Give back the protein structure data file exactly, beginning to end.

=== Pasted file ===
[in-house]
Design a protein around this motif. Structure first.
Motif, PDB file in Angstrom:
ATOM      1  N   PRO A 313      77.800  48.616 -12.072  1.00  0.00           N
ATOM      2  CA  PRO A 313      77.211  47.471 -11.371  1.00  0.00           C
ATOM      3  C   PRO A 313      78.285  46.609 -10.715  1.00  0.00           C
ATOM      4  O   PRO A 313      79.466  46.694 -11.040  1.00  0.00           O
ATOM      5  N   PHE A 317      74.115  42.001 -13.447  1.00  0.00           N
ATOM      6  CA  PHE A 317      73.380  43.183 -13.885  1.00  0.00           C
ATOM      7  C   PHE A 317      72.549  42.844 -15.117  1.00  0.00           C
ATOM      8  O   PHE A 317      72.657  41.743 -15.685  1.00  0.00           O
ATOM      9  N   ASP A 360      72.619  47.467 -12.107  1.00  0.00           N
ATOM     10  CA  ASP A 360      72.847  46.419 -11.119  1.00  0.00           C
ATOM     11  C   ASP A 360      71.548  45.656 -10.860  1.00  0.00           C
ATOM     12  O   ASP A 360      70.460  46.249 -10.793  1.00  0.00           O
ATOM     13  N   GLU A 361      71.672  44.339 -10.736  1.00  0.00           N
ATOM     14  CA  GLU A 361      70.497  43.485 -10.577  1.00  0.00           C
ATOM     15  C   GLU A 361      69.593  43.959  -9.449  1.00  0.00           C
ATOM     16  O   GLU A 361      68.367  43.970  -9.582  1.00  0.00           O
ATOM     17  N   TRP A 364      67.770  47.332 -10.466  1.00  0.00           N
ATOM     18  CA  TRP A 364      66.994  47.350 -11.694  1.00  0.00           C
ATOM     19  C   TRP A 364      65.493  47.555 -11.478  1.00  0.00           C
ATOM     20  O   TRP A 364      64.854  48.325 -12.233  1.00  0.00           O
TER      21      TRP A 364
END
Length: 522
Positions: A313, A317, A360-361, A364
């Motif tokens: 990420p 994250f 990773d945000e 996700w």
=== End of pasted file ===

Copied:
[in-house]
Design a protein around this motif. Structure first.
Motif, PDB file in Angstrom:
ATOM      1  N   PRO A 313      77.800  48.616 -12.072  1.00  0.00           N
ATOM      2  CA  PRO A 313      77.211  47.471 -11.371  1.00  0.00           C
ATOM      3  C   PRO A 313      78.285  46.609 -10.715  1.00  0.00           C
ATOM      4  O   PRO A 313      79.466  46.694 -11.040  1.00  0.00           O
ATOM      5  N   PHE A 317      74.115  42.001 -13.447  1.00  0.00           N
ATOM      6  CA  PHE A 317      73.380  43.183 -13.885  1.00  0.00           C
ATOM      7  C   PHE A 317      72.549  42.844 -15.117  1.00  0.00           C
ATOM      8  O   PHE A 317      72.657  41.743 -15.685  1.00  0.00           O
ATOM      9  N   ASP A 360      72.619  47.467 -12.107  1.00  0.00           N
ATOM     10  CA  ASP A 360      72.847  46.419 -11.119  1.00  0.00           C
ATOM     11  C   ASP A 360      71.548  45.656 -10.860  1.00  0.00           C
ATOM     12  O   ASP A 360      70.460  46.249 -10.793  1.00  0.00           O
ATOM     13  N   GLU A 361      71.672  44.339 -10.736  1.00  0.00           N
ATOM     14  CA  GLU A 361      70.497  43.485 -10.577  1.00  0.00           C
ATOM     15  C   GLU A 361      69.593  43.959  -9.449  1.00  0.00           C
ATOM     16  O   GLU A 361      68.367  43.970  -9.582  1.00  0.00           O
ATOM     17  N   TRP A 364      67.770  47.332 -10.466  1.00  0.00           N
ATOM     18  CA  TRP A 364      66.994  47.350 -11.694  1.00  0.00           C
ATOM     19  C   TRP A 364      65.493  47.555 -11.478  1.00  0.00           C
ATOM     20  O   TRP A 364      64.854  48.325 -12.233  1.00  0.00           O
TER      21      TRP A 364
END
Length: 522
Positions: A313, A317, A360-361, A364
């Motif tokens: 990420p 994250f 990773d945000e 996700w």